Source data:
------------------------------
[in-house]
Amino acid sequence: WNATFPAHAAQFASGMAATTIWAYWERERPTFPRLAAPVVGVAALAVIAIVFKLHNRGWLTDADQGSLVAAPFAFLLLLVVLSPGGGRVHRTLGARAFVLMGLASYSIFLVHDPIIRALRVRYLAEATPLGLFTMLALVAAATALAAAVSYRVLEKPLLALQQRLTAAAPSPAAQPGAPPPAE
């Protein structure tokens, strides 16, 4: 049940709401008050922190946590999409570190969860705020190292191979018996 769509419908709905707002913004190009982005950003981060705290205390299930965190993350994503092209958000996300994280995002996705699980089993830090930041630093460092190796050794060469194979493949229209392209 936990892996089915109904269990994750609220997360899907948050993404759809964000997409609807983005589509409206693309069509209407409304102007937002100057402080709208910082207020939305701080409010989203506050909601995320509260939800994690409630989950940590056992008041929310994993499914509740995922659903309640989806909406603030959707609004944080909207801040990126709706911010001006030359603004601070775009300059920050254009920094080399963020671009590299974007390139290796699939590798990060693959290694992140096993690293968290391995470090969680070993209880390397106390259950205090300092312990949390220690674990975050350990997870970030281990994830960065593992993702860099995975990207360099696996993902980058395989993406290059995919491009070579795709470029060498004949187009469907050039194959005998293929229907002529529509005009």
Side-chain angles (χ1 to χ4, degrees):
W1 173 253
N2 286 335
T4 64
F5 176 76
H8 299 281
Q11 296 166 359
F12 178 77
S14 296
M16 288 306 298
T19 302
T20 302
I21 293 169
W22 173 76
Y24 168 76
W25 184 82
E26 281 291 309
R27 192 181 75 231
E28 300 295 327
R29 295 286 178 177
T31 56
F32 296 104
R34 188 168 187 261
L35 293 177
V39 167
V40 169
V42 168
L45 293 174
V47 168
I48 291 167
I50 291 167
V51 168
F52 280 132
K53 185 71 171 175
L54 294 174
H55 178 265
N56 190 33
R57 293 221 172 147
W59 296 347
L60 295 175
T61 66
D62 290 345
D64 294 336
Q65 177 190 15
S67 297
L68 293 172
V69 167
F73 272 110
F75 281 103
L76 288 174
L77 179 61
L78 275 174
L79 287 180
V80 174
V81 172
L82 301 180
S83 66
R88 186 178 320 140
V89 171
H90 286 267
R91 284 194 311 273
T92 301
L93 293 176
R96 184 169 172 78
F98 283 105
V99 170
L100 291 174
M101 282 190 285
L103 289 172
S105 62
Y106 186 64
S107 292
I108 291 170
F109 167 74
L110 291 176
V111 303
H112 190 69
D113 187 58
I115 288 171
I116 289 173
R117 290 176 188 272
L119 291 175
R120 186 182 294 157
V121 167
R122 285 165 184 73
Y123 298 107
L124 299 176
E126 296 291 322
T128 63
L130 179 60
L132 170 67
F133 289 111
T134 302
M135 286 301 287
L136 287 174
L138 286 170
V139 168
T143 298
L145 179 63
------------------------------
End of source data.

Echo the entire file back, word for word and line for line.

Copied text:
[in-house]
Amino acid sequence: WNATFPAHAAQFASGMAATTIWAYWERERPTFPRLAAPVVGVAALAVIAIVFKLHNRGWLTDADQGSLVAAPFAFLLLLVVLSPGGGRVHRTLGARAFVLMGLASYSIFLVHDPIIRALRVRYLAEATPLGLFTMLALVAAATALAAAVSYRVLEKPLLALQQRLTAAAPSPAAQPGAPPPAE
């Protein structure tokens, strides 16, 4: 049940709401008050922190946590999409570190969860705020190292191979018996 769509419908709905707002913004190009982005950003981060705290205390299930965190993350994503092209958000996300994280995002996705699980089993830090930041630093460092190796050794060469194979493949229209392209 936990892996089915109904269990994750609220997360899907948050993404759809964000997409609807983005589509409206693309069509209407409304102007937002100057402080709208910082207020939305701080409010989203506050909601995320509260939800994690409630989950940590056992008041929310994993499914509740995922659903309640989806909406603030959707609004944080909207801040990126709706911010001006030359603004601070775009300059920050254009920094080399963020671009590299974007390139290796699939590798990060693959290694992140096993690293968290391995470090969680070993209880390397106390259950205090300092312990949390220690674990975050350990997870970030281990994830960065593992993702860099995975990207360099696996993902980058395989993406290059995919491009070579795709470029060498004949187009469907050039194959005998293929229907002529529509005009």
Side-chain angles (χ1 to χ4, degrees):
W1 173 253
N2 286 335
T4 64
F5 176 76
H8 299 281
Q11 296 166 359
F12 178 77
S14 296
M16 288 306 298
T19 302
T20 302
I21 293 169
W22 173 76
Y24 168 76
W25 184 82
E26 281 291 309
R27 192 181 75 231
E28 300 295 327
R29 295 286 178 177
T31 56
F32 296 104
R34 188 168 187 261
L35 293 177
V39 167
V40 169
V42 168
L45 293 174
V47 168
I48 291 167
I50 291 167
V51 168
F52 280 132
K53 185 71 171 175
L54 294 174
H55 178 265
N56 190 33
R57 293 221 172 147
W59 296 347
L60 295 175
T61 66
D62 290 345
D64 294 336
Q65 177 190 15
S67 297
L68 293 172
V69 167
F73 272 110
F75 281 103
L76 288 174
L77 179 61
L78 275 174
L79 287 180
V80 174
V81 172
L82 301 180
S83 66
R88 186 178 320 140
V89 171
H90 286 267
R91 284 194 311 273
T92 301
L93 293 176
R96 184 169 172 78
F98 283 105
V99 170
L100 291 174
M101 282 190 285
L103 289 172
S105 62
Y106 186 64
S107 292
I108 291 170
F109 167 74
L110 291 176
V111 303
H112 190 69
D113 187 58
I115 288 171
I116 289 173
R117 290 176 188 272
L119 291 175
R120 186 182 294 157
V121 167
R122 285 165 184 73
Y123 298 107
L124 299 176
E126 296 291 322
T128 63
L130 179 60
L132 170 67
F133 289 111
T134 302
M135 286 301 287
L136 287 174
L138 286 170
V139 168
T143 298
L145 179 63